And, this new plan, state biologists testified, would reach the desired “population sustainability” numbers in 10 years — a 10-year recovery plan.
Not good enough?
Apparently that wasn’t good enough.
Fishermen working waters east of the Mississippi River complained the “two over 19 inches” part restricts their catch because in their collective words, “We catch larger fish than places west of the Mississippi River.”
Oops! So commission chairman Andrew Blanchard basically called in the punting team when he offered a basin-by-basin approach to trout management.
Oops! It’s time to stop here and write this was a proposal offered in the Baton Rouge Advocate’s Outdoors page when the initial, and dire, trout population decline was presented in 2019.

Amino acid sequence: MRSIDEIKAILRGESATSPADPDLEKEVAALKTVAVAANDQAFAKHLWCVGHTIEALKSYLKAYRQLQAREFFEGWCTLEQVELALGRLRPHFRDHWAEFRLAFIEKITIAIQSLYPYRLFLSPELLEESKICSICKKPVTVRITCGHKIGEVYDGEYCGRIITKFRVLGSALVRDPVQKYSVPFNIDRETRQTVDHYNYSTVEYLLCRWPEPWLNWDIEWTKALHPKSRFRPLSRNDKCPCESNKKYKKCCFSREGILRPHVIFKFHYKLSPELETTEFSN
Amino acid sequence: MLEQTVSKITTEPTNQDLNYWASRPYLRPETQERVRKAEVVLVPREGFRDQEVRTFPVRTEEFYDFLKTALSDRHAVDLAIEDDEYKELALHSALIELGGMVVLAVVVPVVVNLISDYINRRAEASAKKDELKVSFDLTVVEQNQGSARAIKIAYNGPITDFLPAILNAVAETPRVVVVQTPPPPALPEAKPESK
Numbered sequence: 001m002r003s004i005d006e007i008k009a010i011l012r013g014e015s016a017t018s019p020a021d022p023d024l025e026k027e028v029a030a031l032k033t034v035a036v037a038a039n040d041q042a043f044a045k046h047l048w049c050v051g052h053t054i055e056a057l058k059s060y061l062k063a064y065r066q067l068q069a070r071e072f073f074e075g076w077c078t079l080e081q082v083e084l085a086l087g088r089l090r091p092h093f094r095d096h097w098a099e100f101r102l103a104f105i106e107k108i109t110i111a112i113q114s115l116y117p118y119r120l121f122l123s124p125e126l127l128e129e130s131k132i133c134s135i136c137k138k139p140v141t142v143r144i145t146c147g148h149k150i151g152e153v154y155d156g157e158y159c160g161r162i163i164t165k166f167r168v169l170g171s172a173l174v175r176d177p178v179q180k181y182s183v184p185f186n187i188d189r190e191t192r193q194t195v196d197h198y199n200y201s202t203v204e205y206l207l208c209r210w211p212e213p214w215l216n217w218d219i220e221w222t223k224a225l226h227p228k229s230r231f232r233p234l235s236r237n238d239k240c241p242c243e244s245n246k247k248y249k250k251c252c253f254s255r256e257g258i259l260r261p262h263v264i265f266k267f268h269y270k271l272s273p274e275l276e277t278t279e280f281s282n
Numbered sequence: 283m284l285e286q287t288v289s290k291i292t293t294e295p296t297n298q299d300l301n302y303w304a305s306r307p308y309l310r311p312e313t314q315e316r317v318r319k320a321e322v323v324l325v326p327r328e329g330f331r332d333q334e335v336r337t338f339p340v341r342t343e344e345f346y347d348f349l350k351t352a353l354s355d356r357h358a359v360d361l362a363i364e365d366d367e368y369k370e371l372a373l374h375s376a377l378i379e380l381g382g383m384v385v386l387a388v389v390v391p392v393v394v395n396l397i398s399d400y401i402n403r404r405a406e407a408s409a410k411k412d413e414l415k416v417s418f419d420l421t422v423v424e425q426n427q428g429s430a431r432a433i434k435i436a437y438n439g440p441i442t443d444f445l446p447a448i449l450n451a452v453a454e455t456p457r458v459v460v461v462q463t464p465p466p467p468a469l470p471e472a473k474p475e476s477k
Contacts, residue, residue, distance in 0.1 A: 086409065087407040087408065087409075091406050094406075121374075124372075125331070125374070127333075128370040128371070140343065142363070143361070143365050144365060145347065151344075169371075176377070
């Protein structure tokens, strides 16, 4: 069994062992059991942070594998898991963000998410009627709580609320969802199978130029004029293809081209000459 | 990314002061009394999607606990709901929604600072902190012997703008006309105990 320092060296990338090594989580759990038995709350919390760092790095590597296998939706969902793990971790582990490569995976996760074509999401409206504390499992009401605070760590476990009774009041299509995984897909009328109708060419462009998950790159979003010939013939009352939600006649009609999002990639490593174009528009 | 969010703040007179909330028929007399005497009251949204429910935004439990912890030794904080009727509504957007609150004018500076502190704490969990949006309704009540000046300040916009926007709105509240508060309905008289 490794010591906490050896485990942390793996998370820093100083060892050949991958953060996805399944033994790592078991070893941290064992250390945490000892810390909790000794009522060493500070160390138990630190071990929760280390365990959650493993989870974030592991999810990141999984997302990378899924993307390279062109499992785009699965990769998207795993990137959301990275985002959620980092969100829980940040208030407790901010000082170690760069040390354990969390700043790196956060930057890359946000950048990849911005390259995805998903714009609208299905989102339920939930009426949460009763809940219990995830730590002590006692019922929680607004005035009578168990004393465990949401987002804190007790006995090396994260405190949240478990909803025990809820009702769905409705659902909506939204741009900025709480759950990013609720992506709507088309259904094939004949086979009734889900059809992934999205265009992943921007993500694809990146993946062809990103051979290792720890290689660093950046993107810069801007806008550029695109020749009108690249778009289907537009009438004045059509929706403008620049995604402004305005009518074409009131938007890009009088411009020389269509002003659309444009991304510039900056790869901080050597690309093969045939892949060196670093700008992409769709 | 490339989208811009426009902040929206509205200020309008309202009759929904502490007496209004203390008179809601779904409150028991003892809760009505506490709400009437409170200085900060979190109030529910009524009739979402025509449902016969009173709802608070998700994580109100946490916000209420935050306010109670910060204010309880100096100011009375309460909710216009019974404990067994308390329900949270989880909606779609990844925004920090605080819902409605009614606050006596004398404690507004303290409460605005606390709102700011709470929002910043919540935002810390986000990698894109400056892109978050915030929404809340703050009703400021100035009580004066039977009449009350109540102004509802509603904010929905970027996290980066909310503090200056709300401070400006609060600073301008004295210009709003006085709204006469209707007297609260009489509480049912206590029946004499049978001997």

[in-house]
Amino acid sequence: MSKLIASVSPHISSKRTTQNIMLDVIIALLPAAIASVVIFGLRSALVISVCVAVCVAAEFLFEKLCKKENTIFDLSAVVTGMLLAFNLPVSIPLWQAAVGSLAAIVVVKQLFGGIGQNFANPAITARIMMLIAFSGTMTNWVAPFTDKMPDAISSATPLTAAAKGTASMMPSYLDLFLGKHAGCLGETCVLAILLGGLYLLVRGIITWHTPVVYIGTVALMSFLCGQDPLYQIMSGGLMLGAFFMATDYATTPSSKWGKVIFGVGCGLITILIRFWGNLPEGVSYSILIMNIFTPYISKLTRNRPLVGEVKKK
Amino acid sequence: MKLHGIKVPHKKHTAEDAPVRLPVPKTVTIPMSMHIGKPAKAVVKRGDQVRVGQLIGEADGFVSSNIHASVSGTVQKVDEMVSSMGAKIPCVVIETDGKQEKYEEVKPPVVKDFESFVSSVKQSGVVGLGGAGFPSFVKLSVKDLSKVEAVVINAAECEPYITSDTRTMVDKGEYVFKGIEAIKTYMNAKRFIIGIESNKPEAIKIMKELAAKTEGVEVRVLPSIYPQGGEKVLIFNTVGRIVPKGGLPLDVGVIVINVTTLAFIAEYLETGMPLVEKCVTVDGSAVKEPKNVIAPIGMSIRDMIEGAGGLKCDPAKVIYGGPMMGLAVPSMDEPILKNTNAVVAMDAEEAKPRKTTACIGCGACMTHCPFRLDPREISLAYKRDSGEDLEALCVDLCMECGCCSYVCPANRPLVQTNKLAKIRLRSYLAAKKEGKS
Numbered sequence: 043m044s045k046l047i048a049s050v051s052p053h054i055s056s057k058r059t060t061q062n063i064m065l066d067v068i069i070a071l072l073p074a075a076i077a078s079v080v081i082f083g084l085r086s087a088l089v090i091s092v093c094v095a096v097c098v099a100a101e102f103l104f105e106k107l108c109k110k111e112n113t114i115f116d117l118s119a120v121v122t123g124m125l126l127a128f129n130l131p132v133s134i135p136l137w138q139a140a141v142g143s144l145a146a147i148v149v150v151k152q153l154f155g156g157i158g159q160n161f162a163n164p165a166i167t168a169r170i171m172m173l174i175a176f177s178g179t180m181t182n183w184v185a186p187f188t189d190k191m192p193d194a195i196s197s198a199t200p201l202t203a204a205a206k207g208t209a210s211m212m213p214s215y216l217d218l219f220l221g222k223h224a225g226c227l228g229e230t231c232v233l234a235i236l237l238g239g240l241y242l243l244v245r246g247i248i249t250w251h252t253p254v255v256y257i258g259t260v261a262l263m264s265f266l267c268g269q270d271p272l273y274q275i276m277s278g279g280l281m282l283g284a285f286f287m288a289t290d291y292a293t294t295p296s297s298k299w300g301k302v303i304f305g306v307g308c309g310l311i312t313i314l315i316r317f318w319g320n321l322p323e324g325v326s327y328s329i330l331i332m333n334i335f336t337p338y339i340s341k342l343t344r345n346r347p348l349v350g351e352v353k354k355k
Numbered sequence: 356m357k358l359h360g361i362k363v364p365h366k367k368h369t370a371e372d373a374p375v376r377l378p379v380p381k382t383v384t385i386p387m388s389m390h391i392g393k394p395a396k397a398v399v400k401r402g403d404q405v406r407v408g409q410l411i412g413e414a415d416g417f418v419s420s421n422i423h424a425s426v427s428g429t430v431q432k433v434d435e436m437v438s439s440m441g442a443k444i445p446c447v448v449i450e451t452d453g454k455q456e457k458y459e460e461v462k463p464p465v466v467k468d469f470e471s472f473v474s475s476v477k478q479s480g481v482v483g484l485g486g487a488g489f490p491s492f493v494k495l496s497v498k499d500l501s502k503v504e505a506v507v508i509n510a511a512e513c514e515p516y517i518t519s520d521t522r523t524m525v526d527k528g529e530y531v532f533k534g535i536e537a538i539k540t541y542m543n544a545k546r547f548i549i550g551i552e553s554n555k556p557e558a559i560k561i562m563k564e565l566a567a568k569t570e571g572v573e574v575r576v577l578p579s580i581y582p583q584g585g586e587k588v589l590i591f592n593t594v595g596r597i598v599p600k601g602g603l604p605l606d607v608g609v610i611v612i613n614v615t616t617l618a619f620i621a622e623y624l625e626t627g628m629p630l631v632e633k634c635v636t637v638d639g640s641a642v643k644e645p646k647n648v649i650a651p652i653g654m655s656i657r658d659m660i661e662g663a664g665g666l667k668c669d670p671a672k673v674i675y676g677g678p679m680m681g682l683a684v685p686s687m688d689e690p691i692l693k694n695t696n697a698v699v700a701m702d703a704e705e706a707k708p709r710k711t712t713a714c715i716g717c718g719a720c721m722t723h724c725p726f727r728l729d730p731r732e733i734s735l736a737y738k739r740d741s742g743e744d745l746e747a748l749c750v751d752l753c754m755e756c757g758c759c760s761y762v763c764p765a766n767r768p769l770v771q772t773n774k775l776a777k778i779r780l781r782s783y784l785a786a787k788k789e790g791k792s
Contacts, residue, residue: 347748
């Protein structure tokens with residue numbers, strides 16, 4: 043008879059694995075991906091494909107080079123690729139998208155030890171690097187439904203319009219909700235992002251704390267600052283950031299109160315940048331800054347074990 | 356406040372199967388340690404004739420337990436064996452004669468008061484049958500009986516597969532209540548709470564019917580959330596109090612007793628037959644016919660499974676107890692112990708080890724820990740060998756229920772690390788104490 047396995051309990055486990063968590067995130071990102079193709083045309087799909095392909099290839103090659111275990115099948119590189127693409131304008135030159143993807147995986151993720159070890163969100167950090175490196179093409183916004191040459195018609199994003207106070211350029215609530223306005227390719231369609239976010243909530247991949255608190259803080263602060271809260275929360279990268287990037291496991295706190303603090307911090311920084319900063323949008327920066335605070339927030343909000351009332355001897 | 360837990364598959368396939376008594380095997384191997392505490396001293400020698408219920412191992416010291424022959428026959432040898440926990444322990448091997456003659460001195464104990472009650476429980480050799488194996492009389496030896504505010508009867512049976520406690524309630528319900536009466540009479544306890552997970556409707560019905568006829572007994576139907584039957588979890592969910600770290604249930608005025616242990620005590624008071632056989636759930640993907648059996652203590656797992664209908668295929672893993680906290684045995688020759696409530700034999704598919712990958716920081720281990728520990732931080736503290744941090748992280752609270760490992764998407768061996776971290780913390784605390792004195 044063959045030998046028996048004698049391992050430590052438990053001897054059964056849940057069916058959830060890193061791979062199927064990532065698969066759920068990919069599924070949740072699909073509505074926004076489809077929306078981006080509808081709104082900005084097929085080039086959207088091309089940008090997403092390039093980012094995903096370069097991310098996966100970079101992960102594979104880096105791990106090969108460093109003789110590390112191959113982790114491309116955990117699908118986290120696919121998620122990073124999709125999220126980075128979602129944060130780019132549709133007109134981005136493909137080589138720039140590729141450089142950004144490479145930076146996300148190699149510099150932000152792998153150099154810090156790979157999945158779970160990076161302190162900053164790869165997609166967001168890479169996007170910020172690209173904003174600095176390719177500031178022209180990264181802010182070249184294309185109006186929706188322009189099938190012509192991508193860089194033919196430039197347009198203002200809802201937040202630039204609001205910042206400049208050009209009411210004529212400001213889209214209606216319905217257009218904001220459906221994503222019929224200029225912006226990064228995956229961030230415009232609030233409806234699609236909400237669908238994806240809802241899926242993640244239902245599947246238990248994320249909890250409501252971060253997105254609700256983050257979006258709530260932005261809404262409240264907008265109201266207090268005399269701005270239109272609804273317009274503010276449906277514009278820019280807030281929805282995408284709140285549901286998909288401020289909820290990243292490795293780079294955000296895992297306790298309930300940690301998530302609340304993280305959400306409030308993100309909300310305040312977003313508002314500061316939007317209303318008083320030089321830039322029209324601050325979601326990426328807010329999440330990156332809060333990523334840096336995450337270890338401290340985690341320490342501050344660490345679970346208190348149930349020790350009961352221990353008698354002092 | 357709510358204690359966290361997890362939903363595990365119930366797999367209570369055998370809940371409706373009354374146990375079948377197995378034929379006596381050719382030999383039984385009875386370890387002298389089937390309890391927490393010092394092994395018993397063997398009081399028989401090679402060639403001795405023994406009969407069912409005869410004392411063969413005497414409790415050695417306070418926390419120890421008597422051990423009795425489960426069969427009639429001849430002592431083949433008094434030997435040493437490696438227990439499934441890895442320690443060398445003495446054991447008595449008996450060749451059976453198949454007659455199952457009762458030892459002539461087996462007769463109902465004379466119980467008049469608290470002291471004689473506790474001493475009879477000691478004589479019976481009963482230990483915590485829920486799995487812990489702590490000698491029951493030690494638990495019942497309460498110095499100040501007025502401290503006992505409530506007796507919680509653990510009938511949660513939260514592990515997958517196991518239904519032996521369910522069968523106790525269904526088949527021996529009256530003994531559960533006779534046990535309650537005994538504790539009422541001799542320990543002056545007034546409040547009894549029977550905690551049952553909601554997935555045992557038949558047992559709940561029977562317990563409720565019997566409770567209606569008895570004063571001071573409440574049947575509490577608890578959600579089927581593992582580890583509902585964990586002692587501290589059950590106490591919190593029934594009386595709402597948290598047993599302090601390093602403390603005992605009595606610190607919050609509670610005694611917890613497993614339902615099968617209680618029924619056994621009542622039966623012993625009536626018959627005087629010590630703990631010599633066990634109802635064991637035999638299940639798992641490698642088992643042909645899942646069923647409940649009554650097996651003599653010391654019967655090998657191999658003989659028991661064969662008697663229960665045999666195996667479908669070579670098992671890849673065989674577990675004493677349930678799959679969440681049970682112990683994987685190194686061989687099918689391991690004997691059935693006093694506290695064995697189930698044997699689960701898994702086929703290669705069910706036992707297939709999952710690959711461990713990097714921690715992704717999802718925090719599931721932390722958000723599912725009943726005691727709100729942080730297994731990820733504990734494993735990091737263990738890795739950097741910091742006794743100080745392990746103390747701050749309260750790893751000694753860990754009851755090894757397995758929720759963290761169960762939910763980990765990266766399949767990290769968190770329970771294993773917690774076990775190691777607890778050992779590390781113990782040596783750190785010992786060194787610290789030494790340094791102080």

Back to the meeting: more discussion, and after Blanchard’s outline, commission member Joe McPherson offered to table the new plan until the Aug. 3 commission meeting and asked Wildlife and Fisheries staff to come up with data to support that basin-by-basin move.
Whoa! A whole new set of problems, ones that state marine biologist Jason Adriance said because it would demand running new projections and to “…see if we can by next month, but we certainly will try.”
As the risk of putting words into Adriance’s mouth, this entire discussion was based on statewide data and accurately breaking it down into three or more coastal basins will be a daunting, if not impossible, task.